Microsoft brings Office Mobile to Android smartphones, still requires an Office 365 subscription

Microsoft brings Office Mobile to Android smartphones, still requires an Office 365 subscription

Following a long-awaited launch on the iPhone, Microsoft has today released Office Mobile on Android, giving a wider pool of handset owners access to its range of popular productivity applications.

The app requires an active Office 365 subscription, putting further emphasis on Microsoft’s new subscription-based payment model. Users are able to access, view and edit files originally created in Microsoft Word, Excel and Powerpoint – arguably the company’s most popular programs.

The interface is markedly different to that on Windows 8/RT – porting the suite to such a small screen size was always going to require some adjustments – but the functionality, look and feel mirrors that found in the iOS app. For the most part it’s a very competent app, although the feature set is markedly more limited than its desktop counterparts. It’s easy to add basic formatting and type out corrections, but little else at this point.


Office Mobile on Android also supports device syncing, serving up a list of recently viewed documents tied to the user’s Office 365 account. It also means that when the file is opened from SkyDrive, it will automatically jump to where the user last stopped reading.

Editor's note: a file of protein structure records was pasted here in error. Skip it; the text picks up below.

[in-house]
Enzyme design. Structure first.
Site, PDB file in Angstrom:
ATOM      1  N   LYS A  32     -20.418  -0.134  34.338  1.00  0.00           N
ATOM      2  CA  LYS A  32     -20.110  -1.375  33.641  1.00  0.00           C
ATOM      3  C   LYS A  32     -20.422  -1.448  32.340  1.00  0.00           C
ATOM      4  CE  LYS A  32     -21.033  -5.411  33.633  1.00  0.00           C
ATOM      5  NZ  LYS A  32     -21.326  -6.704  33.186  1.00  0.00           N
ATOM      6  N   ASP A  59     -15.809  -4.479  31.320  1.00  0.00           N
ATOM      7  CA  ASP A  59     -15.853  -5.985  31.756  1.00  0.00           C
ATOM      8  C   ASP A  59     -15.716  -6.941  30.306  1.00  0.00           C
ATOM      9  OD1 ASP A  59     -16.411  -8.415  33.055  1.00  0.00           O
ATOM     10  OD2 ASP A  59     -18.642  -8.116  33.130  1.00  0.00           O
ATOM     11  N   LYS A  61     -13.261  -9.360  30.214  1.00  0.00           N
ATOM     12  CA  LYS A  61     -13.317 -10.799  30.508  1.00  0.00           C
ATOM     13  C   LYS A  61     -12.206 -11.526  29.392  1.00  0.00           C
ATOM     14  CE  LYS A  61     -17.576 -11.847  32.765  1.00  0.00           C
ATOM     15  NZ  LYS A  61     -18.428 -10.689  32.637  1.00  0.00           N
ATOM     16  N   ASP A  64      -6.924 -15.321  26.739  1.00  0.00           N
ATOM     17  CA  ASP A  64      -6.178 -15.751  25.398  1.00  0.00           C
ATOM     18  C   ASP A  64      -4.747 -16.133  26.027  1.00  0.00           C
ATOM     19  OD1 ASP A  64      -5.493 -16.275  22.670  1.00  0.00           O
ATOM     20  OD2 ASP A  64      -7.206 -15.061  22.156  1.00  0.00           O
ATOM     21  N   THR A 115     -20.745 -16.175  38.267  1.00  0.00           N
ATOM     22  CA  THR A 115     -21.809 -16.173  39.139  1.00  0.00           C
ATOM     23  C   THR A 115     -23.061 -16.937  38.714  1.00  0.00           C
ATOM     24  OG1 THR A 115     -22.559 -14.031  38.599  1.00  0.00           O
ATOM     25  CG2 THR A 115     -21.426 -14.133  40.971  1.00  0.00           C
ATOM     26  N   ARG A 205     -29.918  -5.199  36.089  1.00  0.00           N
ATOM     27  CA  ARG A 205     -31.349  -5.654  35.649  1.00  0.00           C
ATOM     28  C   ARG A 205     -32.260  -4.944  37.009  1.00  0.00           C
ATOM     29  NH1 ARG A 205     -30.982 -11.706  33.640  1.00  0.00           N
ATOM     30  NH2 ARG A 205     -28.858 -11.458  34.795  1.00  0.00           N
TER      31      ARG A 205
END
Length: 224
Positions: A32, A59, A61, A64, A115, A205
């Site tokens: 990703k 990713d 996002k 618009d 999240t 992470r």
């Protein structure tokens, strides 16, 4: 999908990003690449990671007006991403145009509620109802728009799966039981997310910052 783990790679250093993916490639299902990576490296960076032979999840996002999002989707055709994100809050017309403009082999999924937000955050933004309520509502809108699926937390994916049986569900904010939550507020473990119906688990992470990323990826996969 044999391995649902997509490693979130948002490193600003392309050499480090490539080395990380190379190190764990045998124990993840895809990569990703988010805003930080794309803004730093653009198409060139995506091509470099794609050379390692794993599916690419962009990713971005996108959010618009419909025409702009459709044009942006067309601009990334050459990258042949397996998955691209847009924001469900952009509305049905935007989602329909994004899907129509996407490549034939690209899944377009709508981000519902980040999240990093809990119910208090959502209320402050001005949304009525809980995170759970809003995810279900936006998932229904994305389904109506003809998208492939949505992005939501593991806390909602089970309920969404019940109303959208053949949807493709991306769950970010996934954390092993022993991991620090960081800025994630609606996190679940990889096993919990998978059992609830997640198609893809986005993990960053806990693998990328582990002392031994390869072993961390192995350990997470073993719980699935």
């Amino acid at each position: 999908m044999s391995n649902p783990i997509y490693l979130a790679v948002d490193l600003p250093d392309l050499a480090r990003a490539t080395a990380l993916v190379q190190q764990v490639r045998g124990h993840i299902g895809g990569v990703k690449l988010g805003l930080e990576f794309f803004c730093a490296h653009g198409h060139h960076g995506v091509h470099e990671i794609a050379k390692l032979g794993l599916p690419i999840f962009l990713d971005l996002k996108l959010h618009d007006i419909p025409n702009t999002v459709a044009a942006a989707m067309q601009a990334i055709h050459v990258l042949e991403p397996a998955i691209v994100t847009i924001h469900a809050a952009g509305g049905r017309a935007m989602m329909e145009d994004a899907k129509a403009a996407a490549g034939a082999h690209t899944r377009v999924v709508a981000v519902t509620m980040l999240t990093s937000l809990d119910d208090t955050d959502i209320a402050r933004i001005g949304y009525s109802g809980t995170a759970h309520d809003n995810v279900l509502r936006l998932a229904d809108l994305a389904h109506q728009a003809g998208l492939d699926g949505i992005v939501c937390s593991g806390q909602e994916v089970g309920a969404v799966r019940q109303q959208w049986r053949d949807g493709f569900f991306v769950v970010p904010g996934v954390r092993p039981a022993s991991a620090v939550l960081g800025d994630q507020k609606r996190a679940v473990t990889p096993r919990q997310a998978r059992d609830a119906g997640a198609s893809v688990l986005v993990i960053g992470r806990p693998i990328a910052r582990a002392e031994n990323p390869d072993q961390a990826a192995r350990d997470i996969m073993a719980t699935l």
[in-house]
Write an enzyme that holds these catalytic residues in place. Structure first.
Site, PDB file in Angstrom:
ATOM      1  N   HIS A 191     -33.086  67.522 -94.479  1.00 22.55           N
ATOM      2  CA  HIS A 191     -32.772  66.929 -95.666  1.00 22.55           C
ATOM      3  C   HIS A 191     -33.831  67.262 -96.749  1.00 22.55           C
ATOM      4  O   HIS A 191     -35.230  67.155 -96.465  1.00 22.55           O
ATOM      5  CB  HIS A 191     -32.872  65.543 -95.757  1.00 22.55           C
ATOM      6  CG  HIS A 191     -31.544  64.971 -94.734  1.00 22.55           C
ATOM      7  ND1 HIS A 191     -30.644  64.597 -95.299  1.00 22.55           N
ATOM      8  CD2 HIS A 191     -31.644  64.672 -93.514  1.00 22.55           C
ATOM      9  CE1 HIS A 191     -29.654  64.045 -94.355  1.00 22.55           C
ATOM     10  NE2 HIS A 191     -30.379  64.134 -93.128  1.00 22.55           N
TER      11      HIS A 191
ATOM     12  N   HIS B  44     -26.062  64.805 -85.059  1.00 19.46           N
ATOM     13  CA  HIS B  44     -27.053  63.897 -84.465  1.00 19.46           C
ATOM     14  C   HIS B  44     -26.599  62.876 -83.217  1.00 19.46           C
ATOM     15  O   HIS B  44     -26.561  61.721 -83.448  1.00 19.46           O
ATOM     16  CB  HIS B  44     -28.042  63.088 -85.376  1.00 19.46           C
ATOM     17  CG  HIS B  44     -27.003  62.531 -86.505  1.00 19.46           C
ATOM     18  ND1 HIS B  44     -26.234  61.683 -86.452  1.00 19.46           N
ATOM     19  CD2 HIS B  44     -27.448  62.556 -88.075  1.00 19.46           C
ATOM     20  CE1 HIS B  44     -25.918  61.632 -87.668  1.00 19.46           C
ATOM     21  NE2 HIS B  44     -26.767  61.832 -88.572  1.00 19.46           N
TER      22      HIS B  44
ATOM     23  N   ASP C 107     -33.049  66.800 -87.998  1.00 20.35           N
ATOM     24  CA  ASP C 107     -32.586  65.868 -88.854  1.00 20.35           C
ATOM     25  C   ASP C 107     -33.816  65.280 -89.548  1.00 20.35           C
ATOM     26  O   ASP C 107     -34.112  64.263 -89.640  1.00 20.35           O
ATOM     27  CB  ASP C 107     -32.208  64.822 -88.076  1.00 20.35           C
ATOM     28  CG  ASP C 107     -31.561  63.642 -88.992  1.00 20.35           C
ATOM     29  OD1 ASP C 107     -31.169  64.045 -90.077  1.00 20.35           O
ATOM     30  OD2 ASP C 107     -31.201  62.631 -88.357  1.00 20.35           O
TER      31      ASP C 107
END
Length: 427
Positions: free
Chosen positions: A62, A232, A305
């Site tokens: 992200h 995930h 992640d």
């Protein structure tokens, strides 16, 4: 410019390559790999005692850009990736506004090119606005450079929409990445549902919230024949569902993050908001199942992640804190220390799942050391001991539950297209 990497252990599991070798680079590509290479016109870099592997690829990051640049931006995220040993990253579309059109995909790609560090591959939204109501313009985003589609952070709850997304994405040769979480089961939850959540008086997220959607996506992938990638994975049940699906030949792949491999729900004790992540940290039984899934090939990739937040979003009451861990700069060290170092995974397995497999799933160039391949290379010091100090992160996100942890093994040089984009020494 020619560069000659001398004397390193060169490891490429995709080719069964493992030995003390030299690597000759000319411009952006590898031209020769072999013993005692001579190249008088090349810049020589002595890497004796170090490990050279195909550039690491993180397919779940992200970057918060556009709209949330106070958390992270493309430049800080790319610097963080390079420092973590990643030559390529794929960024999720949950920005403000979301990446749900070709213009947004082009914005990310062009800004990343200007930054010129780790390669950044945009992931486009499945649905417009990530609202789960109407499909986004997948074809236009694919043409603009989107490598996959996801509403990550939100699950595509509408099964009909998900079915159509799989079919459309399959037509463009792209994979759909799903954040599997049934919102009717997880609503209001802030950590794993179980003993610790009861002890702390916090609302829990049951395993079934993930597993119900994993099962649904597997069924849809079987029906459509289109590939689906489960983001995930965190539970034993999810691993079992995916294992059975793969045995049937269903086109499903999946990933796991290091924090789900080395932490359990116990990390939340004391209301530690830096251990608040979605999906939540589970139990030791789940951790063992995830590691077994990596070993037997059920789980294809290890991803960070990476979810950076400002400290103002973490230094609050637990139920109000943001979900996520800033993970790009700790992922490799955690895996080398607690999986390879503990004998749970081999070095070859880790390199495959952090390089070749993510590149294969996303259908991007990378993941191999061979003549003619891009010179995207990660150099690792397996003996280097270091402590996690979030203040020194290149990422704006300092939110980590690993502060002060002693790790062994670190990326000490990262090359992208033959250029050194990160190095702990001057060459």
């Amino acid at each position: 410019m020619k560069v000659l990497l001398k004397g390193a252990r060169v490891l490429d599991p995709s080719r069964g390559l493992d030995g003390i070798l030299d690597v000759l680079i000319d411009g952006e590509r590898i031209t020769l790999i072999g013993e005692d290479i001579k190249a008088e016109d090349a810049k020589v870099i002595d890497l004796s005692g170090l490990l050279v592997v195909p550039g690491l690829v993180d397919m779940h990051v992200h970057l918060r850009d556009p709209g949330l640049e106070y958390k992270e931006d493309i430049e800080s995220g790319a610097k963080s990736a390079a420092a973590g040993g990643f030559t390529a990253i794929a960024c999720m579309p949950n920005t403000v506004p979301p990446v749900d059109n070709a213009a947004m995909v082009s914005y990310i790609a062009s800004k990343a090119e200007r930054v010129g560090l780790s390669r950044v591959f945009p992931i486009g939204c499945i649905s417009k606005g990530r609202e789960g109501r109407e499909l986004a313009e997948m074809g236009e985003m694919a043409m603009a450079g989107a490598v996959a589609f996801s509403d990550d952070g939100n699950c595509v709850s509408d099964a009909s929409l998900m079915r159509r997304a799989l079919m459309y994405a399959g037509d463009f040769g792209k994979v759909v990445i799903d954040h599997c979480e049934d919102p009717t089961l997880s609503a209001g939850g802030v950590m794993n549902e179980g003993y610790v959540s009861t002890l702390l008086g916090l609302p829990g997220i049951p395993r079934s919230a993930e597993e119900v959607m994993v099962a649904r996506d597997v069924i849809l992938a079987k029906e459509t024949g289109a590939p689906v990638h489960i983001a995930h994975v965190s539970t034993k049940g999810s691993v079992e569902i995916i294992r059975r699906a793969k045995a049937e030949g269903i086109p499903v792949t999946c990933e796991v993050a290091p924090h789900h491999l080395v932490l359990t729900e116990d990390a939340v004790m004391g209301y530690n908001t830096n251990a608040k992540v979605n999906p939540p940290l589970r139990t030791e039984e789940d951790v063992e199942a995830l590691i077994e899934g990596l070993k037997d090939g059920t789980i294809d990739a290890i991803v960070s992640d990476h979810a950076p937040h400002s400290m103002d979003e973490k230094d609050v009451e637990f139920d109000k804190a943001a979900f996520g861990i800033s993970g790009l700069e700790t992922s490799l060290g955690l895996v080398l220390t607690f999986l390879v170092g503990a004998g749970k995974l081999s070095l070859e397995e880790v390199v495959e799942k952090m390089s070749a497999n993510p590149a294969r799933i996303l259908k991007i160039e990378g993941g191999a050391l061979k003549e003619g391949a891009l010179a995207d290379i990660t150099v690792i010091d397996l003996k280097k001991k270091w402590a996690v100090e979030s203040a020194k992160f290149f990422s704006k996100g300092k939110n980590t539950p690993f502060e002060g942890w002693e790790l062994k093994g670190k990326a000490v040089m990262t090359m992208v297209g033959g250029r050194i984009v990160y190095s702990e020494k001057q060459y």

As with the iOS version, users are also able to make changes while offline. Particularly useful for those working in areas with a poor Internet connection – the countryside or a train journey are common use cases – these changes are then saved online when the user reconnects to a network.

Perhaps most notable though is the absence of tablet support – this is the same on iOS and is a clear indication of Microsoft’s bid to revive its range of Surface tablets.

Office Mobile for Android is available right now for consumers based in the United States. The app will then roll out gradually to other international markets.

➤ Office Mobile | Android

Image Credit: Kevork Djansezian/Getty Images

Read next: Google to roll out free 'speedier' WiFi at 7,000 Starbucks stores in the US

Corona coverage

Read our daily coverage on how the tech industry is responding to the coronavirus and subscribe to our weekly newsletter Coronavirus in Context.

For tips and tricks on working remotely, check out our Growth Quarters articles here or follow us on Twitter.